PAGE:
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Jul. Oh, think'st thou we shall ever meet again?
Rom. I doubt it not, and all these woes shall serve For sweet discourses, in our time to come.
Jul. O Heaven ! I have an ill-divining soul: Methinks I see thee, now thou’rt parting from me, As one, dead in the bottom of a tomb ! Either my eyesight fails, or thou look'st pale.
Rom. And trust me, love, in mine eye so do you ; Dry sorrow drinks our blood. Adieu ! Adieu!
Enter LADY CAPULET.
Lady C. Ho, daughter, are you up?
Jul. Who is't that calls ? is it my lady mother?
Lady C. Why, how now, Juliet ?
death; What, wilt thou wash him from his grave with tears?
Jul. Yet let me weep for such a feeling loss. Lady C. I come to bring thee joyful tidings, girl. Jul. And joy comes well, in such a needful time. What are they, I beseech your ladyship? Lady C. Marry, my child, early next Thursday
The gallant, young, and noble gentleman,
Jul. I wonder at this haste, that I must wed,
hands. Enter CAPULET and Nurse. Cap. How now ? a conduit, girl? what, still in
tears? Evermore showering? Why, how now, wife? Have
delivered to her our decree? Lady C. Ay, sir; but she will none, she gives you
thanks : I would the fool were married to her
grave. Cap. Soft, take me with you, take me with you,
wife. How, will she none? doth she not give us thanks? Is she not proud ? doth she not count her blest, (Unworthy as she is) that we have wrought So worthy gentleman to be her bridegroom?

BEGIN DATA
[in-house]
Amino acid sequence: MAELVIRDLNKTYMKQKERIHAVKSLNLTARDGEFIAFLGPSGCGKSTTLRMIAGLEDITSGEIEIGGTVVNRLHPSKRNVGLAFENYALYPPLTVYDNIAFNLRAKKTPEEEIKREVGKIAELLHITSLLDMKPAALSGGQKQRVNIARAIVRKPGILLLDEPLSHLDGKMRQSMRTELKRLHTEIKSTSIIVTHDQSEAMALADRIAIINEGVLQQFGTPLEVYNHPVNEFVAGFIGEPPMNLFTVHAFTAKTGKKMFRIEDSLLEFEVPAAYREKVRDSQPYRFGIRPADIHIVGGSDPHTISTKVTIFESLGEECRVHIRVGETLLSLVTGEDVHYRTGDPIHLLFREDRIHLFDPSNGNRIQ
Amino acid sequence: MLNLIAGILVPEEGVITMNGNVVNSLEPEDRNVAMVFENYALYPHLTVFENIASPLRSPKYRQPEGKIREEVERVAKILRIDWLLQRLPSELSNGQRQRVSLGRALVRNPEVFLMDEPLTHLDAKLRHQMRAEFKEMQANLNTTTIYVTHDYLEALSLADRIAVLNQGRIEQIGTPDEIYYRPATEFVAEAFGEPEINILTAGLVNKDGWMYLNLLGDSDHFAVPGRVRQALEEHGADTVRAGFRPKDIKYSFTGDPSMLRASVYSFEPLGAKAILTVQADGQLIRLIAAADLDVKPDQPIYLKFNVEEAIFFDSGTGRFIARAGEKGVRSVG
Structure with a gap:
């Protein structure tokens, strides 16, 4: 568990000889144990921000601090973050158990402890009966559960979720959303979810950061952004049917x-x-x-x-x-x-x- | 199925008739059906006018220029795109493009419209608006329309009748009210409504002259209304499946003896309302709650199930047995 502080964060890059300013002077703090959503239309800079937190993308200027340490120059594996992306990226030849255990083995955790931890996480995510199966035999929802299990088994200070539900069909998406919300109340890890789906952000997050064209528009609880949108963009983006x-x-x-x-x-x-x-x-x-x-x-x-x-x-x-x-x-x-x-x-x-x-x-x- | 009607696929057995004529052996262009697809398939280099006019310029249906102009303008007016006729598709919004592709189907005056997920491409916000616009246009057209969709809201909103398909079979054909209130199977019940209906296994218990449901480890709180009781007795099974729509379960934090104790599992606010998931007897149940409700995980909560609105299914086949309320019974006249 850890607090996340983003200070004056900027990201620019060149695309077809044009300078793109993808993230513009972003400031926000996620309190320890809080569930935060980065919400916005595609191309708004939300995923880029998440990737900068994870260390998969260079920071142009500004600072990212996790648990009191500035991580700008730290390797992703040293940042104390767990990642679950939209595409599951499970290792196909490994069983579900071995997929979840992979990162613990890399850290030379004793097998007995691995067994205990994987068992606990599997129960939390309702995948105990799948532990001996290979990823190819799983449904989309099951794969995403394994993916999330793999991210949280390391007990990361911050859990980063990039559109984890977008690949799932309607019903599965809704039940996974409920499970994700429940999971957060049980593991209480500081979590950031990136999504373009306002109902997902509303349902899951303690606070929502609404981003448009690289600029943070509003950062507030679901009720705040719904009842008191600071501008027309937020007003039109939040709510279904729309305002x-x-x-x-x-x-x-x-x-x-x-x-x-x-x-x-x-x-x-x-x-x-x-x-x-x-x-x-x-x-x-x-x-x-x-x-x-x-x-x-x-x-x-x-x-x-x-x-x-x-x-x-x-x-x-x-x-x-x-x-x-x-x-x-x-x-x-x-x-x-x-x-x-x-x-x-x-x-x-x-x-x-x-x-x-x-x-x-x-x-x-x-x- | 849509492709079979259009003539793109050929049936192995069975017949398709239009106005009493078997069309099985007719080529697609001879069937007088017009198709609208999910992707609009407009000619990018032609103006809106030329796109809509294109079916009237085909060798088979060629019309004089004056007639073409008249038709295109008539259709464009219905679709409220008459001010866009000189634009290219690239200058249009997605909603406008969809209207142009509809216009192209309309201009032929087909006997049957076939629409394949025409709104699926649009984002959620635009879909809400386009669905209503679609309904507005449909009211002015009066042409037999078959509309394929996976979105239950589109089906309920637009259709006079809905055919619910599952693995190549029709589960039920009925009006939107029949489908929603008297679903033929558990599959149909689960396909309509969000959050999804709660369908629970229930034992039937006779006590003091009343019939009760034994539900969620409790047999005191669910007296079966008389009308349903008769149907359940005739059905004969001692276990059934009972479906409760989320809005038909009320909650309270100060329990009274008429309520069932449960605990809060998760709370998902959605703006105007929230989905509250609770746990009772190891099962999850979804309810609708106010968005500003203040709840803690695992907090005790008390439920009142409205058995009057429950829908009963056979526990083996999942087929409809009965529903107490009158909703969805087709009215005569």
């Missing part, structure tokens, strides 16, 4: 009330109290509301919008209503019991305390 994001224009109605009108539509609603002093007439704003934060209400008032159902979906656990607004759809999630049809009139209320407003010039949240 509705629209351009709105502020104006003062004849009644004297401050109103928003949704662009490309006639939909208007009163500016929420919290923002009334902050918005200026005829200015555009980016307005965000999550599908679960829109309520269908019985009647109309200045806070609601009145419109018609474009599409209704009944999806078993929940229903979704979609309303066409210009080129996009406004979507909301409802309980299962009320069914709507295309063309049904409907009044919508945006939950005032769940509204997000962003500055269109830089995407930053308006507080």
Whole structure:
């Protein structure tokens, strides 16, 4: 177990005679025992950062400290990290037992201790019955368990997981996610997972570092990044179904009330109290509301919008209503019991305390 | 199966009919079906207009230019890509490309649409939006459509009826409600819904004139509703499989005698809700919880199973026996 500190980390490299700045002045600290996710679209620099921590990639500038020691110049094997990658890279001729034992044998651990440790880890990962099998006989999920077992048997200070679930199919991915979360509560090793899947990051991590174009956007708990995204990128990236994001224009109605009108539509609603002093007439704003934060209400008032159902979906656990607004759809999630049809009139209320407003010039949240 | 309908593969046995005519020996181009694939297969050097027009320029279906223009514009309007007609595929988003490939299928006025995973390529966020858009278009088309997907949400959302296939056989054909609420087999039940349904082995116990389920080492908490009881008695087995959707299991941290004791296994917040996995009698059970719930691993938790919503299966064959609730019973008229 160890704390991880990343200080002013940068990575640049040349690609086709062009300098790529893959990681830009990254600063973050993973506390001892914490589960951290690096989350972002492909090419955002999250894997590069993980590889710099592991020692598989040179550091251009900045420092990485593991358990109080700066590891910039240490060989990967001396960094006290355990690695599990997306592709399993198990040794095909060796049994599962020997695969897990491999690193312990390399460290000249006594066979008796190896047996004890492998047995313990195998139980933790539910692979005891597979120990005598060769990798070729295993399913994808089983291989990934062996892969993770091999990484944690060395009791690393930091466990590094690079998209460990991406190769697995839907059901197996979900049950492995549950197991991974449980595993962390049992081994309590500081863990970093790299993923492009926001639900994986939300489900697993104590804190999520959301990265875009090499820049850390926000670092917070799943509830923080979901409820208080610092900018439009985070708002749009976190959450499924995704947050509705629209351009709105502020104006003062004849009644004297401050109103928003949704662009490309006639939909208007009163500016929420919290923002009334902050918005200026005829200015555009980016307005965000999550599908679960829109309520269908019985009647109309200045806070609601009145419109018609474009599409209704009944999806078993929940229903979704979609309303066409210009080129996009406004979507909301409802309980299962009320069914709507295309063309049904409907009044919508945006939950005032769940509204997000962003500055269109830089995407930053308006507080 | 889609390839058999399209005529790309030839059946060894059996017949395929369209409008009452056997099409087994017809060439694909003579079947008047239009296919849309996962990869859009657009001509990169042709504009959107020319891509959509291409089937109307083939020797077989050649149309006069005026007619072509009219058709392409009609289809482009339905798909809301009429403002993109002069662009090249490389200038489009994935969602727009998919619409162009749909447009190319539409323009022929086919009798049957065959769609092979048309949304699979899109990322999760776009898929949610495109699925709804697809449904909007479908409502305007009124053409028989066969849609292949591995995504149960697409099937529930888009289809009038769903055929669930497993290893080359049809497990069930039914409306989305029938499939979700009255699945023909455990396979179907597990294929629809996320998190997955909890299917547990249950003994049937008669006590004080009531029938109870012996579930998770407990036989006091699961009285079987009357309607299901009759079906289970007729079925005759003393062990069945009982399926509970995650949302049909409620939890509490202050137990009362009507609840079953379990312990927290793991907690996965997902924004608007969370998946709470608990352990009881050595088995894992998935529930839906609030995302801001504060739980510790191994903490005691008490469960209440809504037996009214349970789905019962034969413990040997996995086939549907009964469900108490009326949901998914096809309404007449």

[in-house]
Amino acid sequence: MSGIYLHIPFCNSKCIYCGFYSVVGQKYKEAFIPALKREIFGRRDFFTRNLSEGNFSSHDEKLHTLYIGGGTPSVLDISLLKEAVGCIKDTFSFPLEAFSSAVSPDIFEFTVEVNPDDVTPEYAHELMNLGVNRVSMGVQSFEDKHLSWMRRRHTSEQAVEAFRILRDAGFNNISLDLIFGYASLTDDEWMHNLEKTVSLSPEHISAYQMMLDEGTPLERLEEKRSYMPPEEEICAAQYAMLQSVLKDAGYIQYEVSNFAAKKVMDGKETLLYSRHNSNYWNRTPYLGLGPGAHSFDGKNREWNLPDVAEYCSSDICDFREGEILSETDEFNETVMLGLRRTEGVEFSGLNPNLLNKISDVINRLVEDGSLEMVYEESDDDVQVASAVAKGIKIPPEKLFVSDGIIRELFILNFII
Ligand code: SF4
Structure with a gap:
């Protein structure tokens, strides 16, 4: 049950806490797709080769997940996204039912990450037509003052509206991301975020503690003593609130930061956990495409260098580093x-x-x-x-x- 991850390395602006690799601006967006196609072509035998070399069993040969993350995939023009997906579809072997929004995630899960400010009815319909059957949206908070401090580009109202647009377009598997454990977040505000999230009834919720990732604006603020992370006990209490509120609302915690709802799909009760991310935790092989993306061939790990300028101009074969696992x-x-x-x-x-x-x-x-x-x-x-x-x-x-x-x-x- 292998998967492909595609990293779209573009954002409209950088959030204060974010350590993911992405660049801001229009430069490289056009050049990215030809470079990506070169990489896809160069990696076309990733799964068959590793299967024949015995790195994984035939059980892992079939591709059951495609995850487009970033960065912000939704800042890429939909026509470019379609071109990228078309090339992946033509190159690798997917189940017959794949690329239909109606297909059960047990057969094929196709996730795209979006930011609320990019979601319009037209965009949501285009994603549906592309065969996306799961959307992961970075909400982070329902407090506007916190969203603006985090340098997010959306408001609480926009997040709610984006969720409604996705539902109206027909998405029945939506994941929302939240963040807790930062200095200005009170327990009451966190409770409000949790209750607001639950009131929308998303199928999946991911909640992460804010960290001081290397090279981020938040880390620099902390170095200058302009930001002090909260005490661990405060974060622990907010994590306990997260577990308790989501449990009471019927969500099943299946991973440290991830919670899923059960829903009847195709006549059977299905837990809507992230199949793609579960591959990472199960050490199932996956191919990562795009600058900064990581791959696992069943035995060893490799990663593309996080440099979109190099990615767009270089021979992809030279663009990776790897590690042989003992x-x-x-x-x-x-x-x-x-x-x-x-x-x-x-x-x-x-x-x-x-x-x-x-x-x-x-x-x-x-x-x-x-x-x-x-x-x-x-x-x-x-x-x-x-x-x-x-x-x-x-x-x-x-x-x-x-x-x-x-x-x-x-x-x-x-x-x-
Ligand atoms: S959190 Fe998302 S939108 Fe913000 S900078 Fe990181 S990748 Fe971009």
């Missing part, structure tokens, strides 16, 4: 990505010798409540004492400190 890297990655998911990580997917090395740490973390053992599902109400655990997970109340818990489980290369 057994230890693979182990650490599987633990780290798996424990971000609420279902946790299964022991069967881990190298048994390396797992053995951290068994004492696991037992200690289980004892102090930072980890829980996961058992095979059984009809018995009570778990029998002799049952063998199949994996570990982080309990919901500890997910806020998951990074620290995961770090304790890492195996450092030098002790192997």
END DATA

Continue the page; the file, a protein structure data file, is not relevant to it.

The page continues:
Jul. Proud can I never be of what I hate,
Cap. Thank me no thankings,
with Paris to St. Peter's church, Or I will drag thee on a hurdle thither.
Jul. Good father, I beseech you on my knees,
Wife, we scarce thought us blest,
see, this one is one too much, And that we have a curse in having her: Out on her, hilding !
Nurse. Heaven bless herYou are to blame, my lord, to rate her so: Cap. And why, my lady wisdom? Hold your
tongue, Good prudence; smatter with your gossips, go.
Nurse. I speak no treason.
Cap. Peace! you mumbling fool;
Lady C. You are too hot.
be not, hang, beg, starve, die i’the streets ; For, by my soul, I'll ne'er acknowledge thee. [Exit.
Jul. Is there no pity sitting in the clouds,
Lady C. Talk not to me; for I'll not speak a word: Do as thou wilt, for I have done with thee. [Erit. Jul. O Heaven! 0 Nurse, how shall this be pre
Jul. Speakest thou from thy heart?
Nurse. And from my soul, too;
Jul. Amen, amen.
thousand times ?-Go, counsellor, Thou, and my bosom, henceforth shall be twain. I'll to the Friar, to know his remedy: If all else fail, myself have power to die. [Exit.
ACT THE FOURTH.
Enter FRIAR LAWRENCE and PARIS.
Fri. On Thursday, sir! the time is very short.
Par. My father, Capulet, will have it so, And I am nothing slow to slack his haste.
Fri. You say, you do not know the lady's mind ? Uneven is this course; I like it not.
Par. Immoderately she weeps for Tibalt's death, And, therefore, have I little talk'd of love; For Venus smiles not in a house of tears. Now, sir, her father counts it dangerous, That she should give her sorrow so much sway, And, in his wisdom, hastes our marriage, To stop the inundation of her tears. Now do you know the reason of this haste. Fri. I would I knew not why it should be slow'd.
[Aside. Look, sir, here comes the lady, tow'rds my
cell. Enter JULIET. Par. Happily met, my lady, and my wife. Jul. That may be, sir, when I may be a wife. Par. That may be, must be, love, on Thursday
next. Jul, What must be, shall be. Par. Come you to make confession to this father? Jul. To answer that, were to confess to you.